Why is a storm's rain usually north of the center?

Just looking at a radar loop of Dennis (see here) and noticing that, as usual, most of the precipitation is to the north of the center. Most big storms seem to be like this, hurricane or not. What’s the reason, and is this reversed in the Southern Hemisphere?

WAG: most of the rain is north of the eye because most of the land is north of the eye. It looks to me as if the storm is pulling water off of the Gulf and dumping it over the South.

If I read this link correctly, hurricanes draw water from the ocean as air is drawn towards the eye. Of course, the air follows a spiral path due to the storms rotation. Once the air reaches the eye, it turns upward where it meets with air descending from the upper atmosphere and then begins an outward path. Most of the rainfall takes place relatively close to the eye (i.e., within two hundred miles or so.) The storm’s rotation means that the water taken off the ocean to the south is at the north side of the storm when it is released.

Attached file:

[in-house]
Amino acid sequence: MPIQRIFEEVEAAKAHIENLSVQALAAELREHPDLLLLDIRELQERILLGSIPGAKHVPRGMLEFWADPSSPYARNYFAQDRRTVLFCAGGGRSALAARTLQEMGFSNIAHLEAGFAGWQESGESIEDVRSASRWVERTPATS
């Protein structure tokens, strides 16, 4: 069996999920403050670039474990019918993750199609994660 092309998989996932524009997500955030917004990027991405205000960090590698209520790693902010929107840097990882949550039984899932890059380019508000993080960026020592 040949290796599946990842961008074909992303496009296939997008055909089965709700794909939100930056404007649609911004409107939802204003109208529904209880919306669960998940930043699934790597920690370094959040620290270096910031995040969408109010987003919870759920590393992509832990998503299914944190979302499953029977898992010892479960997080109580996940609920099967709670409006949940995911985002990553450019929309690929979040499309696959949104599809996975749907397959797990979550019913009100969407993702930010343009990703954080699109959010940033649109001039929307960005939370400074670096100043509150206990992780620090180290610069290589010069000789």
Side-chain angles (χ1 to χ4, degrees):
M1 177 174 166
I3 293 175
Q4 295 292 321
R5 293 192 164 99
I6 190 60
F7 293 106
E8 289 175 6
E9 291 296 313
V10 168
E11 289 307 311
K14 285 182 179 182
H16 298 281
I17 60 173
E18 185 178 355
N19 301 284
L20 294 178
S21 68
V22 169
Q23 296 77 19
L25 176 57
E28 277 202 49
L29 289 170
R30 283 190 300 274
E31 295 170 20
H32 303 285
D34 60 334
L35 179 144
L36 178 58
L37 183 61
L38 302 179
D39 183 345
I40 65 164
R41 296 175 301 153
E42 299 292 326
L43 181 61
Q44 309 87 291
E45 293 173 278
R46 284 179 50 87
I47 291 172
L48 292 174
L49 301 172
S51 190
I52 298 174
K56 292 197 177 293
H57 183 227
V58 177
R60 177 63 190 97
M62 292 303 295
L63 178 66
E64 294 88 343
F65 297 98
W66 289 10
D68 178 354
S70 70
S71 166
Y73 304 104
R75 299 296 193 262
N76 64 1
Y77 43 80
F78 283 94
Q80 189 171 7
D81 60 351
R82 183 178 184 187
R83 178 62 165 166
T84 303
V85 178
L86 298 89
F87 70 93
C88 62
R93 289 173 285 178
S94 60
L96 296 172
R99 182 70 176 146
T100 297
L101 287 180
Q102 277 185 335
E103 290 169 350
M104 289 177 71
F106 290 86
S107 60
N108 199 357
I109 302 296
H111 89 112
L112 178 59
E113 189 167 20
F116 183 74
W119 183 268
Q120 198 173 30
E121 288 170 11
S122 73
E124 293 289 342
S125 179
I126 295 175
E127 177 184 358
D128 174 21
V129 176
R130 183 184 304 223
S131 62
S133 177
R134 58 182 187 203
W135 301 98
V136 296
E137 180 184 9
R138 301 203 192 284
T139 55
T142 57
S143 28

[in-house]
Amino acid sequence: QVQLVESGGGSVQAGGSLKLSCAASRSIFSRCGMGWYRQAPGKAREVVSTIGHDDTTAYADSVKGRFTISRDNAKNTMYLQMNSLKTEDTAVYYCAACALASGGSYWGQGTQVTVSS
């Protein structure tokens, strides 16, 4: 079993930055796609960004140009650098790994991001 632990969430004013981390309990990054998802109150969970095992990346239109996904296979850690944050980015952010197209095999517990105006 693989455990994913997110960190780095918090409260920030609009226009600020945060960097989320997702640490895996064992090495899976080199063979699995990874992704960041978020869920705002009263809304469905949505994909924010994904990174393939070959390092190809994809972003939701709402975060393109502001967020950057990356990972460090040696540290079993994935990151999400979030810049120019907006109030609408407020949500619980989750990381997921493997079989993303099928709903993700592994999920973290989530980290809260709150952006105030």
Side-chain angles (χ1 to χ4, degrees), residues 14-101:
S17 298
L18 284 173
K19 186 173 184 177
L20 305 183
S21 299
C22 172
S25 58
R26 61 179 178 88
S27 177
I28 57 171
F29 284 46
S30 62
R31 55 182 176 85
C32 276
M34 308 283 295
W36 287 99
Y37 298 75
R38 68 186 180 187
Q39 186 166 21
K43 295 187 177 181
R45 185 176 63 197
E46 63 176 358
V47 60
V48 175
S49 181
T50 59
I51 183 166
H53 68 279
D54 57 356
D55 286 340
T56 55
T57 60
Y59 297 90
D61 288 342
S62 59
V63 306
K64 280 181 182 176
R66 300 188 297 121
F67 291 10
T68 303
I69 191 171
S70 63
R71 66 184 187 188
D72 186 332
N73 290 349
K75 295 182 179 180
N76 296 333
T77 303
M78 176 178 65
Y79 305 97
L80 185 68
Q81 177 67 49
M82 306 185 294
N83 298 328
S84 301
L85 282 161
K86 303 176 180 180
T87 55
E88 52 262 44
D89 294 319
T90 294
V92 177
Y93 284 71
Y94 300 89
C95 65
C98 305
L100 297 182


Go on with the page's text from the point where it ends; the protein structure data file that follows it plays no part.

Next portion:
Along with water, the storm lives off of heat from the ocean. I don’t think that the earth is able to provide as much heat, so my guess is that the water vapor condenses over land as the air cools. At least it seems to me that tropical storms don’t really dump their water until they’re well inland.

If it appears that most of the rain falls north of a hurricane’s center, it is due to the fact that most hurricanes move in a northerly direction. If you looked at hurricanes that moved in an easterly direction, you would find that the most of the rain falls east of the storms center. Most of the rain falls to the side toward the direction of movement.

Another WAG here, but I always thought it had to do with the warm humid air colliding with the drier cooler air (that’s usually found north or east of a storm) that helps create all the rain. Same reason thunderstorms tend to follow a SW to NE direction.